Declines in whales, fish, seabirds and animals disrupt Earth’s nutrient cycle

Declines in whales, fish, seabirds and animals disrupt Earth’s nutrient cycle

A new study reveals that in the past large land animals, whales, seabirds and fish played a vital role in recycling nutrients from the ocean depths, spreading them far and wide across the globe and taking them deep inland.

However, the paper says massive declines in their populations coupled with the extinction of most of Earth's large mammals have disrupted this efficient system of recycling important nutrients, particularly phosphorous. The researchers calculate that the ability of whales and terrestrial megafauna to transport nutrients around the globe has been reduced to just 6 percent of their global capacity before mass extinctions and population declines. The full paper is published in the journal Proceedings of the National Academy of Sciences.

The research, led by the University of Oxford with researchers from the United States and other European institutions, explains that some whales and other marine mammals feed in nutrient-rich waters at depths of around 100 metres and come to the sea’s surface to defecate and urinate, releasing vital nutrients like phosphorous.

The researchers used existing data, showing global declines in whale populations of 66 percent to 90 percent within the past 300 years, to compare the ability of the whales to distribute nutrients both historically and today. Previously, whales and other marine mammals moved a global total of around 340 million kilograms of phosphorous a year from the depths to the water surface, but now transport just 75 million kg of phosphorous (about 23 percent of their former capacity). The researchers used data on past seabirds and anadromous fish populations (that swim in both the sea and rivers) that feed in the ocean and later release the nutrients on land when they defecate or their bodies decompose.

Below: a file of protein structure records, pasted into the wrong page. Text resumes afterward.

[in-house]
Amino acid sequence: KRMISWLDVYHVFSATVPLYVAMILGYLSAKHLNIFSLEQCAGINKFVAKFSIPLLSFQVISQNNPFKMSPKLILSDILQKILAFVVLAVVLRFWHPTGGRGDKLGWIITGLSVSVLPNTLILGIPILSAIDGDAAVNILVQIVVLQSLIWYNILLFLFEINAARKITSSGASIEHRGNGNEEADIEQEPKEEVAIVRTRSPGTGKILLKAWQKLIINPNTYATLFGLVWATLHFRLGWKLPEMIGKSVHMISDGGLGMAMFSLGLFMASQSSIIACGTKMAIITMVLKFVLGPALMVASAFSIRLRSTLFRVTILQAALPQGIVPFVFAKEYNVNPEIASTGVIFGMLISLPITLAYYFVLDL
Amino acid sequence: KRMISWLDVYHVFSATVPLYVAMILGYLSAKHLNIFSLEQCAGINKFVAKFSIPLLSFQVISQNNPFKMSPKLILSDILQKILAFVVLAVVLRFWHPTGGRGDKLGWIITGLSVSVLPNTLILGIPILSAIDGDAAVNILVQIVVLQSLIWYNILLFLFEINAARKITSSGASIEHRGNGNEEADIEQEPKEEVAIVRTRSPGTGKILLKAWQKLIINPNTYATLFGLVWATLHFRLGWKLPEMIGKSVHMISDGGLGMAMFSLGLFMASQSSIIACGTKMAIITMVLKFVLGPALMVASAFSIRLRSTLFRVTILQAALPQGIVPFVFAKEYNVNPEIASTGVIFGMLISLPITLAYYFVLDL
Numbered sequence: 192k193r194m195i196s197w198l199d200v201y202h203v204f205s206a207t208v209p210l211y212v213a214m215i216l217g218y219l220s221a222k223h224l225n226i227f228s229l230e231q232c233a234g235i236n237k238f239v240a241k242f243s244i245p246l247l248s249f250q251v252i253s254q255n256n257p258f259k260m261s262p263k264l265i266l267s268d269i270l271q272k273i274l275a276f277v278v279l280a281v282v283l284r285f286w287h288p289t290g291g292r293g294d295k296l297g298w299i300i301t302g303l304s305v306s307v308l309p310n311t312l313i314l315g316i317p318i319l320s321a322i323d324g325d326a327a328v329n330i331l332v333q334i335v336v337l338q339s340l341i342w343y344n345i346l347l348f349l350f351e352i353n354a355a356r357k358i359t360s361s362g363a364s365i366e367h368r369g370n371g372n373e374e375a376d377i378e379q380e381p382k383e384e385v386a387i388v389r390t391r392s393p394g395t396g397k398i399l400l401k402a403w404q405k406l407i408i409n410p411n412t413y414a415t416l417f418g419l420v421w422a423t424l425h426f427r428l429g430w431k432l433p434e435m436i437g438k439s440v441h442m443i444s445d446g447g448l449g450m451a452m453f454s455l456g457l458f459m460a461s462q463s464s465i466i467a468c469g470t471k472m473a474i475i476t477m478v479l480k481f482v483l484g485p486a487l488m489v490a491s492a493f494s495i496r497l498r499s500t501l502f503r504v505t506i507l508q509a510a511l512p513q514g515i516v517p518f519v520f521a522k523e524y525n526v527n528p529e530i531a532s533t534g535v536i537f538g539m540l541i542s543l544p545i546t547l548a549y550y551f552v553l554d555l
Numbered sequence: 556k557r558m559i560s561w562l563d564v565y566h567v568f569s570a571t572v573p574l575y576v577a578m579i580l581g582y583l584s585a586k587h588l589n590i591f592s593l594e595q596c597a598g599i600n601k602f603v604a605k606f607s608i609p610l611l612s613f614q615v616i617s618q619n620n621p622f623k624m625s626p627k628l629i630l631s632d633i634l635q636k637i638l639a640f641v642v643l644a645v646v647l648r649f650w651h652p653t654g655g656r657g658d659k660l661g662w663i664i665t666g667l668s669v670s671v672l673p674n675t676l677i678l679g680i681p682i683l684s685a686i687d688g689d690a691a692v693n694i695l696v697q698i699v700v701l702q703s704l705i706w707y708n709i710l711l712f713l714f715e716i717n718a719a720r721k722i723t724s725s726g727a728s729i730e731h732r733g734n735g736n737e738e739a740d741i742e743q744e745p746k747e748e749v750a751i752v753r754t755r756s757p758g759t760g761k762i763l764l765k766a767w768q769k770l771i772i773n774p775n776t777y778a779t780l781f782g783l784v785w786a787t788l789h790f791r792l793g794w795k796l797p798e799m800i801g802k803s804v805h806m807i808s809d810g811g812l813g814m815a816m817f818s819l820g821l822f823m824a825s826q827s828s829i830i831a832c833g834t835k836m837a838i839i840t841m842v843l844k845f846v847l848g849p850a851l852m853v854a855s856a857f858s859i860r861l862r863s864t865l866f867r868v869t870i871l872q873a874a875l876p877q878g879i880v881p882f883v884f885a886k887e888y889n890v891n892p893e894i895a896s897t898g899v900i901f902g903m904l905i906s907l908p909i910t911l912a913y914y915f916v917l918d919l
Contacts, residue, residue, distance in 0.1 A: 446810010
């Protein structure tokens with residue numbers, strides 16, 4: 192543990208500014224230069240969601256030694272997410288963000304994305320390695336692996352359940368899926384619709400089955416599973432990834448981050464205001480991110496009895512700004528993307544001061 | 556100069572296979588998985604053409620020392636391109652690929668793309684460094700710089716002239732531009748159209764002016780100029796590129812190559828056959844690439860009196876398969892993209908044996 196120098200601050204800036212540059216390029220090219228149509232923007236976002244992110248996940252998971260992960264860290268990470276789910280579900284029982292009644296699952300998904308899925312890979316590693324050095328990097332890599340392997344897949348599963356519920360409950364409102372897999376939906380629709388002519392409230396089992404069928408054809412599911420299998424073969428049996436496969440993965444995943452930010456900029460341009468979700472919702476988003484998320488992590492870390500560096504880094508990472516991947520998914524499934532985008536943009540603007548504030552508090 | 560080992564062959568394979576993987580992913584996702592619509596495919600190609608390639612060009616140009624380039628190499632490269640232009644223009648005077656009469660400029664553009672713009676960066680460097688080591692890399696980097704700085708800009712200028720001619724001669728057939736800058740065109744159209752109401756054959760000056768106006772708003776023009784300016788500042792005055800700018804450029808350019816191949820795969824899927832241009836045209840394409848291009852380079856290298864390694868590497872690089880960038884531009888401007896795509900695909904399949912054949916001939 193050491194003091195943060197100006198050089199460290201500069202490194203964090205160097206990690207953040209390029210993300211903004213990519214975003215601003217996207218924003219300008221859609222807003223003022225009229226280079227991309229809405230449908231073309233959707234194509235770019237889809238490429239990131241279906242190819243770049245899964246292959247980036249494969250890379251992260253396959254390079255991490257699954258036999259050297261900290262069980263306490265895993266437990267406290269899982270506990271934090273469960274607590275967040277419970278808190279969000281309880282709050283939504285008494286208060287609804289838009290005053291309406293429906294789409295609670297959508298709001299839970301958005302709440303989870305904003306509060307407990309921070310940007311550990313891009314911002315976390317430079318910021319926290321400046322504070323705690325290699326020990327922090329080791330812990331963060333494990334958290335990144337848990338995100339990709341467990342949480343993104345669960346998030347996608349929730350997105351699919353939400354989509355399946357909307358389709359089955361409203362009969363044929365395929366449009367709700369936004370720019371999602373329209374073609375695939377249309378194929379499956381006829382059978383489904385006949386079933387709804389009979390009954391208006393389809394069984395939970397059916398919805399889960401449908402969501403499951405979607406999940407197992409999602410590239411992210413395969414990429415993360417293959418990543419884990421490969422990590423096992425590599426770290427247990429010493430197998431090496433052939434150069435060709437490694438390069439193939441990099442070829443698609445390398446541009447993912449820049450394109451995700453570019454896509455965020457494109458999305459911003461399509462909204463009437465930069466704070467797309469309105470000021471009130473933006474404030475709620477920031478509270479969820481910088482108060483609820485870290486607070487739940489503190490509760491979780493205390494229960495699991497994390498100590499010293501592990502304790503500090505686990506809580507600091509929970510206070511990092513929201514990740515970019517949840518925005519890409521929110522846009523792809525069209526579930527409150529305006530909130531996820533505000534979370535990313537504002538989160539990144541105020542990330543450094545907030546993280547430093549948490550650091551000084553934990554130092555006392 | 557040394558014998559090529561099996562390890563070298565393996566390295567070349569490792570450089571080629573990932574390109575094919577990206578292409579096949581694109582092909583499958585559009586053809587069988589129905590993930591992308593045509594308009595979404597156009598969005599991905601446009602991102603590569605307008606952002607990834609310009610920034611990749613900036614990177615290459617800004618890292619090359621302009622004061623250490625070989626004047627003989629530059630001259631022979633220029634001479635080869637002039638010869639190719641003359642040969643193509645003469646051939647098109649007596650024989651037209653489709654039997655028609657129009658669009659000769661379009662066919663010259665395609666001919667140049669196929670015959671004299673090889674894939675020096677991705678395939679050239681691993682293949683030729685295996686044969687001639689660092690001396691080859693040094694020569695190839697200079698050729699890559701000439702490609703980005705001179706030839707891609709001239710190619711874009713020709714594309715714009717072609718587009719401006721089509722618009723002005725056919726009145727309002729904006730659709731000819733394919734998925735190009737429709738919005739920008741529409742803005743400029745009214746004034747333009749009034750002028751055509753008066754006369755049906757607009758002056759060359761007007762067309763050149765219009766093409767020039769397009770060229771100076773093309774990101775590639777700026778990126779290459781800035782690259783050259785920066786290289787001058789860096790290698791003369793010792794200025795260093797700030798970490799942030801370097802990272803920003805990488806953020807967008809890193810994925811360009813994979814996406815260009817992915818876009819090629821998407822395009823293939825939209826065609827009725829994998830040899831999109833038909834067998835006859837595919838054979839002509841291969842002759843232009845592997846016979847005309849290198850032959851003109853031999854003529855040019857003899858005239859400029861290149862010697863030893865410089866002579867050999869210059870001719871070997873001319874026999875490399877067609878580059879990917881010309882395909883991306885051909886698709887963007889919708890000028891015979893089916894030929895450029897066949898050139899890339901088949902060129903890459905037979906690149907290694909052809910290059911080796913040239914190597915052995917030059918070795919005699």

A diagram shows a potential route of nutrient transport of the planet in the past. A diagram shows a potential route of nutrient transport of the planet in the past.

Illustration credit: Renate G.E. Hellmiss.

The researchers calculate that in the past, seabirds and fish populations could have transferred around 150 million kg of phosphorous a year from sea to land. They estimate that fish played the major part, transporting around 140 million kg a year on average compared with seabirds that averaged at 6.3 million kg a year. This sea to land transfer of nutrients has declined by more than 90 percent today, says the paper.

The researchers used a mathematical model similar to one used by physicists to calculate the diffusion of heat to estimate how much and how far animals were able to move nutrients away from a concentrated source. Due to the enormous size and range of great whales, the paper says once they might have carried nutrients away from fertile areas even more efficiently than the large animals that roamed the earth before mass extinctions around 12,000 years ago.

Lead author Dr Christopher Doughty, from the Environmental Change Institute at the School of Geography and the Environment, University of Oxford, said: 'Previously animals were not thought to play an important role in nutrient movement. Here we show that in the past, they are likely to have played a key role in keeping the planet fertile. Extinctions and population reductions, however, have reduced this role to less than 10 percent of what it once was.

'Phosphorus is a key element in fertilizers and easily accessible phosphate supplies may run out in as little as 50 years. Restoring populations of animals could help to recycle phosphorus from the sea to land increasing global stocks of available phosphorus in the future.'

'Efforts to protect whales and seals from hunting in the past few decades have had some strong results,' said Joe Roman from the University of Vermont, a co-author of the study. 'Although there is still a long way to go in restoring large marine and terrestrial species, global conservation projects aimed at re-establishing these nutrient pathways, from the oceans to rivers and land, will reap benefits for wildlife and people.'

The research was led by Oxford University in collaboration with Harvard University, United States; University of Vermont, United States; Aarhus University, Denmark; Princeton University, United States; Netherlands Institute of Ecology, the Netherlands; and Purdue University, United States.